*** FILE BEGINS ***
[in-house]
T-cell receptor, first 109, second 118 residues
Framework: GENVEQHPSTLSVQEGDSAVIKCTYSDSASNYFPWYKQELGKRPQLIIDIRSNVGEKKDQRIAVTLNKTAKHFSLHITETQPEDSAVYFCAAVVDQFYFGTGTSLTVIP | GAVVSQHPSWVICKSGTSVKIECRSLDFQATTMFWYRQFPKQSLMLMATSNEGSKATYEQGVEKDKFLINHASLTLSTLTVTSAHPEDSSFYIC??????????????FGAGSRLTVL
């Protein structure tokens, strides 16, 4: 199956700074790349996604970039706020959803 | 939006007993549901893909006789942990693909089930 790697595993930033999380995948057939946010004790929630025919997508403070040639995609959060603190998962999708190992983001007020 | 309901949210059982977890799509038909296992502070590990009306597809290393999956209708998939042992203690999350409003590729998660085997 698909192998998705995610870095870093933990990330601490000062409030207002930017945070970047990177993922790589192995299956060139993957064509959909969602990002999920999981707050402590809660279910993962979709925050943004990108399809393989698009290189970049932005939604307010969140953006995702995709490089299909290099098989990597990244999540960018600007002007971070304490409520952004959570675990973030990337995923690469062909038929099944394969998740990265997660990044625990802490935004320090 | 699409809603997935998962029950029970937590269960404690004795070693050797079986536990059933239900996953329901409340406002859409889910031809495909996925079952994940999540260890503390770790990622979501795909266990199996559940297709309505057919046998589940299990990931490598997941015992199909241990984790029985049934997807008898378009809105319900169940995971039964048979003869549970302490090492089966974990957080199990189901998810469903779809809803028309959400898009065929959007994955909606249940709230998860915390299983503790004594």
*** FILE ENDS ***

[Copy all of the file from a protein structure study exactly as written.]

[in-house]
T-cell receptor, first 109, second 118 residues
Framework: GENVEQHPSTLSVQEGDSAVIKCTYSDSASNYFPWYKQELGKRPQLIIDIRSNVGEKKDQRIAVTLNKTAKHFSLHITETQPEDSAVYFCAAVVDQFYFGTGTSLTVIP | GAVVSQHPSWVICKSGTSVKIECRSLDFQATTMFWYRQFPKQSLMLMATSNEGSKATYEQGVEKDKFLINHASLTLSTLTVTSAHPEDSSFYIC??????????????FGAGSRLTVL
């Protein structure tokens, strides 16, 4: 199956700074790349996604970039706020959803 | 939006007993549901893909006789942990693909089930 790697595993930033999380995948057939946010004790929630025919997508403070040639995609959060603190998962999708190992983001007020 | 309901949210059982977890799509038909296992502070590990009306597809290393999956209708998939042992203690999350409003590729998660085997 698909192998998705995610870095870093933990990330601490000062409030207002930017945070970047990177993922790589192995299956060139993957064509959909969602990002999920999981707050402590809660279910993962979709925050943004990108399809393989698009290189970049932005939604307010969140953006995702995709490089299909290099098989990597990244999540960018600007002007971070304490409520952004959570675990973030990337995923690469062909038929099944394969998740990265997660990044625990802490935004320090 | 699409809603997935998962029950029970937590269960404690004795070693050797079986536990059933239900996953329901409340406002859409889910031809495909996925079952994940999540260890503390770790990622979501795909266990199996559940297709309505057919046998589940299990990931490598997941015992199909241990984790029985049934997807008898378009809105319900169940995971039964048979003869549970302490090492089966974990957080199990189901998810469903779809809803028309959400898009065929959007994955909606249940709230998860915390299983503790004594």